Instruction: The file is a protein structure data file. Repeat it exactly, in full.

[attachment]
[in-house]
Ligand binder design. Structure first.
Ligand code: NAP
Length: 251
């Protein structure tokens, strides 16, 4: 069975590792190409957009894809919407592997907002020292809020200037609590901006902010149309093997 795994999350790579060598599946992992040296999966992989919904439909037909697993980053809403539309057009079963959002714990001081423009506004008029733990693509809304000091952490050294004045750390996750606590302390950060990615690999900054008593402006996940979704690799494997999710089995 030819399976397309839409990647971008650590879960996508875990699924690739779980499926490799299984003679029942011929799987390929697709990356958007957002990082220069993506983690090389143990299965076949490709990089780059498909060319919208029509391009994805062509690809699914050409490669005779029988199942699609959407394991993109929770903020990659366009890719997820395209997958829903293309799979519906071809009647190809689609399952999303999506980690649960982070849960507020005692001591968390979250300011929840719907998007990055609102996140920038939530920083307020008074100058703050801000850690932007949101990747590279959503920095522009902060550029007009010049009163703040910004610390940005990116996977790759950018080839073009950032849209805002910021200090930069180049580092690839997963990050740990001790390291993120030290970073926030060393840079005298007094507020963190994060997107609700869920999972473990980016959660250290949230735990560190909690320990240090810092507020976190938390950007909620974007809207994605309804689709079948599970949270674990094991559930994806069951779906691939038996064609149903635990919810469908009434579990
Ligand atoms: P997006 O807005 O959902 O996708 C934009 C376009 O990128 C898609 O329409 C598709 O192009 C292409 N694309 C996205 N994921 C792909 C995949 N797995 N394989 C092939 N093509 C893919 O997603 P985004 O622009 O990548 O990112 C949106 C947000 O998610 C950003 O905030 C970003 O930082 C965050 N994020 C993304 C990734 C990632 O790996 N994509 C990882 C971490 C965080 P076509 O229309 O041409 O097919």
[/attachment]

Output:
[in-house]
Ligand binder design. Structure first.
Ligand code: NAP
Length: 251
């Protein structure tokens, strides 16, 4: 069975590792190409957009894809919407592997907002020292809020200037609590901006902010149309093997 795994999350790579060598599946992992040296999966992989919904439909037909697993980053809403539309057009079963959002714990001081423009506004008029733990693509809304000091952490050294004045750390996750606590302390950060990615690999900054008593402006996940979704690799494997999710089995 030819399976397309839409990647971008650590879960996508875990699924690739779980499926490799299984003679029942011929799987390929697709990356958007957002990082220069993506983690090389143990299965076949490709990089780059498909060319919208029509391009994805062509690809699914050409490669005779029988199942699609959407394991993109929770903020990659366009890719997820395209997958829903293309799979519906071809009647190809689609399952999303999506980690649960982070849960507020005692001591968390979250300011929840719907998007990055609102996140920038939530920083307020008074100058703050801000850690932007949101990747590279959503920095522009902060550029007009010049009163703040910004610390940005990116996977790759950018080839073009950032849209805002910021200090930069180049580092690839997963990050740990001790390291993120030290970073926030060393840079005298007094507020963190994060997107609700869920999972473990980016959660250290949230735990560190909690320990240090810092507020976190938390950007909620974007809207994605309804689709079948599970949270674990094991559930994806069951779906691939038996064609149903635990919810469908009434579990
Ligand atoms: P997006 O807005 O959902 O996708 C934009 C376009 O990128 C898609 O329409 C598709 O192009 C292409 N694309 C996205 N994921 C792909 C995949 N797995 N394989 C092939 N093509 C893919 O997603 P985004 O622009 O990548 O990112 C949106 C947000 O998610 C950003 O905030 C970003 O930082 C965050 N994020 C993304 C990734 C990632 O790996 N994509 C990882 C971490 C965080 P076509 O229309 O041409 O097919």